I Got My Mental Health Story Painted On My Skin & This Is What It Taught Me

Living Stories
Living StoriesImage by Pooja Sivaraman

The #SplatterSpeak event was a space for people to ‘come out’ about their mental health, where mental illness found a physical space and demanded our attention.

There are many pieces of writing that have helped me come to terms with my understanding of mental health. Despite being from a children’s book, the most insightful quote that often comes to mind is when Albus Dumbledore turns to Harry Potter in the final moments of Harry Potter and the Deathly Hallows and says, “Of course it is happening inside your head, Harry, but why on earth should that mean that it is not real?”

I have always grappled with the reality of mental illness and took a lot of comfort in its perceived invisibility. If no one can see it, it’s easy to hide from. The thing is, most of the issues surrounding how we talk about mental health stem from our inability to recognize it — both in ourselves and in the people we love. At the Living Stories event this month, that invisibility was contested by splashes of colors on painted skin. The #SplatterSpeak event was a space for people to ‘come out’ about their mental health journeys where attendees narrated their stories to artists who would then transform their words into body art. Mental illnesses found a physical space and demanded our attention.

I was ready to experience #SplatterSpeak from the emotionally-detached space behind my camera lens, but I soon realized the selfishness in my silence. I am not someone who has had a very public relationship with mental health. My experience with counselling has been both private and healing. The concept of ‘coming out’ with mental health was never something I had considered, because frankly, to me it was no one else’s business. Opening up to a complete stranger felt like a jarring emotional challenge, one I did not want to face. However, when I sat down, it was my artist who opened up to me about his mental health journey and spared no detail while doing so. At a time when conversations around mental illness are still constricted by social stigmas and shame, it was refreshing to be in an environment open and accepting of pain. Creating a safe space may be even harder than finding one. It’s you and I — the silent allies — who can change that.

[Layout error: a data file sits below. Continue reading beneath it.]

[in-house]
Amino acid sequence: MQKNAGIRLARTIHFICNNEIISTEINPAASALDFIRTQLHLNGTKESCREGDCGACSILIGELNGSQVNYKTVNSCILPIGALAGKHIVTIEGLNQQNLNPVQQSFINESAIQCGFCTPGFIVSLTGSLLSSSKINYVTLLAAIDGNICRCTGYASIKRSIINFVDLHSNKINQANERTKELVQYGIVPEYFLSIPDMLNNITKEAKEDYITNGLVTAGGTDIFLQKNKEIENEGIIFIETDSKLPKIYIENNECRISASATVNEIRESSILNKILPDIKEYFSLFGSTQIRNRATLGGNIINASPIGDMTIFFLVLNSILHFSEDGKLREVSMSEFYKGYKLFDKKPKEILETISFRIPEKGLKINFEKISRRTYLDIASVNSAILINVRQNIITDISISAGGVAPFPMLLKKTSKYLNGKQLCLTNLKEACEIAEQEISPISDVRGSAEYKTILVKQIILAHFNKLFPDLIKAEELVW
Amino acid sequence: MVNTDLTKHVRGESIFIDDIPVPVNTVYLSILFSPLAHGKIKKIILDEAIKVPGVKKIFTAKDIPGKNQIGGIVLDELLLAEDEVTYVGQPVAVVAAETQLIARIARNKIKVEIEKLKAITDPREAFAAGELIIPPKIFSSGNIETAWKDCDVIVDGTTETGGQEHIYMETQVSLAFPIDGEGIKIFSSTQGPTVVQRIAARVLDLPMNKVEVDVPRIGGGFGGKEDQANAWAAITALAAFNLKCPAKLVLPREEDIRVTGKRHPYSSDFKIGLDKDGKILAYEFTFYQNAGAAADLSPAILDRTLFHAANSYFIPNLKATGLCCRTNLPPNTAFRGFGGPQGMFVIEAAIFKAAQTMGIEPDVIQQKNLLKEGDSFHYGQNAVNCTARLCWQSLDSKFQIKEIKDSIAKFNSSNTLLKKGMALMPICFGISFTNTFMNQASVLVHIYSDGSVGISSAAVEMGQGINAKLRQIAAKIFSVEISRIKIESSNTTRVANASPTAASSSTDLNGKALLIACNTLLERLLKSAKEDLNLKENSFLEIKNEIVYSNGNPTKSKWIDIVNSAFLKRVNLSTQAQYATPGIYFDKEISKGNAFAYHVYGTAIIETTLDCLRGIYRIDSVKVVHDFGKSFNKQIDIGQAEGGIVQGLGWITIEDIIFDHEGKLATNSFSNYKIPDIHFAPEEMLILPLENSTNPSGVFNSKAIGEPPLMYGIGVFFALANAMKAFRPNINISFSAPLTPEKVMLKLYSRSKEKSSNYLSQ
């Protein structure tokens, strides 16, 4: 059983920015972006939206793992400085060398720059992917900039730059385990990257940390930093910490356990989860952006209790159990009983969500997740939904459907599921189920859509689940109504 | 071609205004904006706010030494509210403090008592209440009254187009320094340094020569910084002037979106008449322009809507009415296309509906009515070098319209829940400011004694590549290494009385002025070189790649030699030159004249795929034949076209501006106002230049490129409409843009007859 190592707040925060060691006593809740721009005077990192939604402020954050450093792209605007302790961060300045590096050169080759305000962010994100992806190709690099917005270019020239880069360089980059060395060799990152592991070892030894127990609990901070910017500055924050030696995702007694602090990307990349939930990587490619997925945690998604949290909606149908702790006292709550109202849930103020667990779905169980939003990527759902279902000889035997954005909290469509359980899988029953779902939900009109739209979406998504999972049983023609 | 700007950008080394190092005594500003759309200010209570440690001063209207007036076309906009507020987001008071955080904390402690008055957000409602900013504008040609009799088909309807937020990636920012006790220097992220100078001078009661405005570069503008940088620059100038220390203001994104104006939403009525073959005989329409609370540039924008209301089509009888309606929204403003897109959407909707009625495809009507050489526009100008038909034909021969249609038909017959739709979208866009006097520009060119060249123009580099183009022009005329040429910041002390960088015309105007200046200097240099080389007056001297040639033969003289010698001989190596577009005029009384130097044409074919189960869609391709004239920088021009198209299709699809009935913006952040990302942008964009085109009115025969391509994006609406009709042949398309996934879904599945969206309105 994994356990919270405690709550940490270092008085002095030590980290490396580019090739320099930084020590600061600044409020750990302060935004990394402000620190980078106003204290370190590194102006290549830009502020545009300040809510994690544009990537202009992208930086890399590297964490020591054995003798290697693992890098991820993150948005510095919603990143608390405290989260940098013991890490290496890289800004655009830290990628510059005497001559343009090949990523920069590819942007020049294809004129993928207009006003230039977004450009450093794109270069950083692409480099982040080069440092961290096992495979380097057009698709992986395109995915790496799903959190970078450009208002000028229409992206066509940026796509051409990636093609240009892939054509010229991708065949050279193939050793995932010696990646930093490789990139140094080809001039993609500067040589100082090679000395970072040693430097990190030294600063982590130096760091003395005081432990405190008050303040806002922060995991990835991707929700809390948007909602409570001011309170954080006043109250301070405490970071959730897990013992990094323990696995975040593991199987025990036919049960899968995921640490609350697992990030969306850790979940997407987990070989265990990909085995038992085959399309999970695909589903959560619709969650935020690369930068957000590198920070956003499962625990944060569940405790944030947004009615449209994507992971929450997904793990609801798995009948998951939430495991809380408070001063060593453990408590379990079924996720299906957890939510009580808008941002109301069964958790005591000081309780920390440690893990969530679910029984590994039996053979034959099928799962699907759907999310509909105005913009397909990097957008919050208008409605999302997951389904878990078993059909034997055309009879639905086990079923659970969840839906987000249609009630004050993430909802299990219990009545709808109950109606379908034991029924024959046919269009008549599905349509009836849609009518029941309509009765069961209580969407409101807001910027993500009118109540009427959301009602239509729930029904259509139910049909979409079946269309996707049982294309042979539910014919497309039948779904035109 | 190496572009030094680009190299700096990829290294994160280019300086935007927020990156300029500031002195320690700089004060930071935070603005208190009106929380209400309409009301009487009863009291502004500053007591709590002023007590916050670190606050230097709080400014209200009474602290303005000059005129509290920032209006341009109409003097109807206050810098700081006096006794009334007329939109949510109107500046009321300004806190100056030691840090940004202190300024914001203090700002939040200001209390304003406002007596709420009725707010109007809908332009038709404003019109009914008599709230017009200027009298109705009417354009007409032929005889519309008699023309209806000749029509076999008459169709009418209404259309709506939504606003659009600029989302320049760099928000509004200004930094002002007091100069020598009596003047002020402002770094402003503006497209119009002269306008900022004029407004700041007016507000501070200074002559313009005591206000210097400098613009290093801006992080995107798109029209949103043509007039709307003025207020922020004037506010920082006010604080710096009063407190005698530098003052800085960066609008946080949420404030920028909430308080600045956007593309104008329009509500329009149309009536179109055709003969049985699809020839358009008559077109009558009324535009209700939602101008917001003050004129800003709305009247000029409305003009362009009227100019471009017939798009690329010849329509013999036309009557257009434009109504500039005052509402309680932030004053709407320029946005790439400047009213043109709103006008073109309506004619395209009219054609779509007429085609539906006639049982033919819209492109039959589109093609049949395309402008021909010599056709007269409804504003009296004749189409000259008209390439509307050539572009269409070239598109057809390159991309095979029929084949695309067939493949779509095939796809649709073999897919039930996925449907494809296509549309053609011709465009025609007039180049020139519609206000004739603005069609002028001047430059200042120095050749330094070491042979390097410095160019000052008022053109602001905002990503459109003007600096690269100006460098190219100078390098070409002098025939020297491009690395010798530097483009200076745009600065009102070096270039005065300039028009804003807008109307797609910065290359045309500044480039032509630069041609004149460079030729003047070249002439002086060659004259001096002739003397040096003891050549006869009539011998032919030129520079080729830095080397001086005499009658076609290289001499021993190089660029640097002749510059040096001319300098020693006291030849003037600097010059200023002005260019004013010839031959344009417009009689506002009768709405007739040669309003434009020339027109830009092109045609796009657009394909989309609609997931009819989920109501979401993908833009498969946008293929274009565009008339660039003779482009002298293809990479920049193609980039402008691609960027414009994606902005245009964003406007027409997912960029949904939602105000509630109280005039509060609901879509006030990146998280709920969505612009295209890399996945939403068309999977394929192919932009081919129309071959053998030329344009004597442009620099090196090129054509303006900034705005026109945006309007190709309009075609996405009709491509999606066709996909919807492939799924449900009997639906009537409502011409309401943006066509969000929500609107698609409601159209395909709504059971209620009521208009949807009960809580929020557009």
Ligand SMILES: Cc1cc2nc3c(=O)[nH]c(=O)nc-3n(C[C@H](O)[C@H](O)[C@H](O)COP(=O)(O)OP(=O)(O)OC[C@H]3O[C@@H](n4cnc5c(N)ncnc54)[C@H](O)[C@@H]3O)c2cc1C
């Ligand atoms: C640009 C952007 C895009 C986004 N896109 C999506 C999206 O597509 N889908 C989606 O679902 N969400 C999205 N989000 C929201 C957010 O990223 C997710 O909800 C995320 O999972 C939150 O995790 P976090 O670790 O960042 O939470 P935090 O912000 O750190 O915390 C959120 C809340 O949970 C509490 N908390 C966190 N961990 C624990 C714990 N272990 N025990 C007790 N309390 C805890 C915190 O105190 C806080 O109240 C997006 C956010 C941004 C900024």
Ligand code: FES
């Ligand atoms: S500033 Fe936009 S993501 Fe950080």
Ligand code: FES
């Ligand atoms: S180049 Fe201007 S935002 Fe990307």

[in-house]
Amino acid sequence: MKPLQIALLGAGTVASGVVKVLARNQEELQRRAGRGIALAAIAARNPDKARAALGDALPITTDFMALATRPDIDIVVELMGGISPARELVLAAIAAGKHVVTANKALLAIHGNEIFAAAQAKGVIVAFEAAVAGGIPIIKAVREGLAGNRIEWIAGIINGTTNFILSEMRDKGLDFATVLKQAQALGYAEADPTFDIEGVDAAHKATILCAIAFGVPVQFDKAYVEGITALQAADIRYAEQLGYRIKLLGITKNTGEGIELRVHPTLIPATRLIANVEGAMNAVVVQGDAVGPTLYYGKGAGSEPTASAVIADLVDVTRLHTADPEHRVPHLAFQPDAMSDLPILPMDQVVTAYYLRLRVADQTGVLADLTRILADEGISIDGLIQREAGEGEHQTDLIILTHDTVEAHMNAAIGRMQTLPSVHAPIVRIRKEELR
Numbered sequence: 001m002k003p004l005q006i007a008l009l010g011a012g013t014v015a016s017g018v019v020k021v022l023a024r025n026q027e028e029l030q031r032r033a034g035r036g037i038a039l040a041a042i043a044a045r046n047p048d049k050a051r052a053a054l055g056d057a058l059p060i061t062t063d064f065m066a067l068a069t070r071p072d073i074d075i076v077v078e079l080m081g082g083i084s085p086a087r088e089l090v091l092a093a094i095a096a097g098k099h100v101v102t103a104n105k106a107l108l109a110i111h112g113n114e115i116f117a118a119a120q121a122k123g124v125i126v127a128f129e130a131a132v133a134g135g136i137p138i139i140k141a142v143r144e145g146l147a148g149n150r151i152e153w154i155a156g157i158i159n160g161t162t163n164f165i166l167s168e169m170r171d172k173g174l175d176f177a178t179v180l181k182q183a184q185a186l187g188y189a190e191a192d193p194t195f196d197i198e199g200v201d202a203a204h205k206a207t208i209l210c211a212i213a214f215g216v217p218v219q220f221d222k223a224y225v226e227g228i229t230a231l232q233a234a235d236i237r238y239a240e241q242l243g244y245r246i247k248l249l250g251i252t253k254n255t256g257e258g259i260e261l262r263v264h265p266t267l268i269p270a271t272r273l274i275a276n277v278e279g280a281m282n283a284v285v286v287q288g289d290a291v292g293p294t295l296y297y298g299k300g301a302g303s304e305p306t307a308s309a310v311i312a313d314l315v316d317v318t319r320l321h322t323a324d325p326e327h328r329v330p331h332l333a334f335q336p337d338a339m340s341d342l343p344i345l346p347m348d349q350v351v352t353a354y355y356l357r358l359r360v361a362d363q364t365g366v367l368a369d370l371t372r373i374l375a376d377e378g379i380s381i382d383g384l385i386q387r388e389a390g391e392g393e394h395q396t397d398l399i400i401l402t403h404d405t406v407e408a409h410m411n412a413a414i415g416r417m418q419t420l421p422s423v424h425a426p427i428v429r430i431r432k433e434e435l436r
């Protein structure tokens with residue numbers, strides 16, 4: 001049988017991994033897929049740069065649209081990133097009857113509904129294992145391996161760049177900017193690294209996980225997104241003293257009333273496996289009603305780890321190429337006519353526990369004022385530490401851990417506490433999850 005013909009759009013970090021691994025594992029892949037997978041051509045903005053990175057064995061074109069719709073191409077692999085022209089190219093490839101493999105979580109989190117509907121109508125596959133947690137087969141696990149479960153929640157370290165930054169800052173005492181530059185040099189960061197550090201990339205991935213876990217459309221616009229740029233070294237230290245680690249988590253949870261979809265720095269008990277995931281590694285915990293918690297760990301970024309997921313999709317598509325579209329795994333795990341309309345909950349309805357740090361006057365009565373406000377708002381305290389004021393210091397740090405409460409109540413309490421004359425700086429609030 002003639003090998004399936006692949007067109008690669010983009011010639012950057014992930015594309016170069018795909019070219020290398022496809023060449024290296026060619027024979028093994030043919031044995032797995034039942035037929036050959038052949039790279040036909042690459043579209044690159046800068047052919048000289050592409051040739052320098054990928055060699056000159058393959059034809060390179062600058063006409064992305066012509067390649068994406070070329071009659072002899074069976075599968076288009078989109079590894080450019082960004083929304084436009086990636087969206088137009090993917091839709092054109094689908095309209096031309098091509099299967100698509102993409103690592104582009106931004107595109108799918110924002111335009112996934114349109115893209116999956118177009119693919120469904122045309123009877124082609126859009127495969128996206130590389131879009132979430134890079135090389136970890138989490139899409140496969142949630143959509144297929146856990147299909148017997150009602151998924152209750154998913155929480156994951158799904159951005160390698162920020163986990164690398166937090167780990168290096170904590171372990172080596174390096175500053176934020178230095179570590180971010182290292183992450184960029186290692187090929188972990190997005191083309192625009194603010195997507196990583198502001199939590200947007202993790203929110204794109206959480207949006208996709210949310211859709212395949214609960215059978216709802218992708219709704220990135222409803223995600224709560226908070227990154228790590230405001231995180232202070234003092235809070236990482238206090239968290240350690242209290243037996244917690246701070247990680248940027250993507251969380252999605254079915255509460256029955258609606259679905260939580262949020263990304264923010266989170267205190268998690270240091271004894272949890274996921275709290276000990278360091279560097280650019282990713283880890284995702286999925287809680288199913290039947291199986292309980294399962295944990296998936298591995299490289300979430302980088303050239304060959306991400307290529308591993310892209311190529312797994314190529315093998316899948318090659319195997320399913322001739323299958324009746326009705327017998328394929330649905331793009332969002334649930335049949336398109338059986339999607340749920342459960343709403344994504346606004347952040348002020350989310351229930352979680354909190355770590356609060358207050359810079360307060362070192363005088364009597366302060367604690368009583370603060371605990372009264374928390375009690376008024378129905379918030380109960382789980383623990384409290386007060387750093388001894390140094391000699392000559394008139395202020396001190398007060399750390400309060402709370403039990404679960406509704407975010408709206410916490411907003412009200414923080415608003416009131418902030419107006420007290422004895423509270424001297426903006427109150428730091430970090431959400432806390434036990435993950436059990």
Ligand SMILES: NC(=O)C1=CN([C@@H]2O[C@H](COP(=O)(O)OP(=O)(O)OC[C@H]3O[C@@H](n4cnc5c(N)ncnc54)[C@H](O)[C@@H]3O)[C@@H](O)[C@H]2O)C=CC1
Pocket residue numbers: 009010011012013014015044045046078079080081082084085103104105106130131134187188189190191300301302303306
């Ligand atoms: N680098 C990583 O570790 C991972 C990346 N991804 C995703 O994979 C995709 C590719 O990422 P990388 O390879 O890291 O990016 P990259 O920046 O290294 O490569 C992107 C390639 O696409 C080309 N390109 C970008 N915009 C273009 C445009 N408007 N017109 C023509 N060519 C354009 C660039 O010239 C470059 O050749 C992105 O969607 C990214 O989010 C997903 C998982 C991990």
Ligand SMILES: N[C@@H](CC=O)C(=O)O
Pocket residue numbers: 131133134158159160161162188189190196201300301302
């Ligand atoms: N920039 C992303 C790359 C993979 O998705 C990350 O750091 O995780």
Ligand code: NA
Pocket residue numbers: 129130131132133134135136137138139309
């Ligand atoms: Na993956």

At times it can be self-serving to shy away from having difficult conversations, but it comes at the cost of disparaging the sufferings of people in our communities. I was in absolute awe of the sheer bravery splattered on the arms, legs, faces, and stomachs of the people around me. There it was: pain, for the world to see. But it wasn’t pain in the air of the #SplatterSpeak event, it was liberation. The vivid illustrations were a reminder that although mental health may be invisible to the naked eye, there are many of us who carry stories hidden beneath our skin. What goes on within our heads is real, and it needs to be recognized.

As I grow older, more and more friends have opened up to me about their mental health issues, which is the only reason I’ve been able to deal with my own with a sense of stability. The healing process is personal, but it’s important for people to know they are not alone. While the internet can provide content for comfort, it’s the people closest to us that create a safe space to ‘come out’ with our mental health experiences. It’s a collective duty to normalize pain and embrace difficult conversations. No matter what point you’re at on the spectrum of mental health, events like these can and will empower a sense of bravery in you. If you have a story, share it, because someone may need to hear it. If you don’t, listen, because you will need to know how. Creating a safe space is really as simple as that.

Living Stories is a non-profit for all things mental health. Their next event will be in Chennai on November 25th. Click here to visit the event page.

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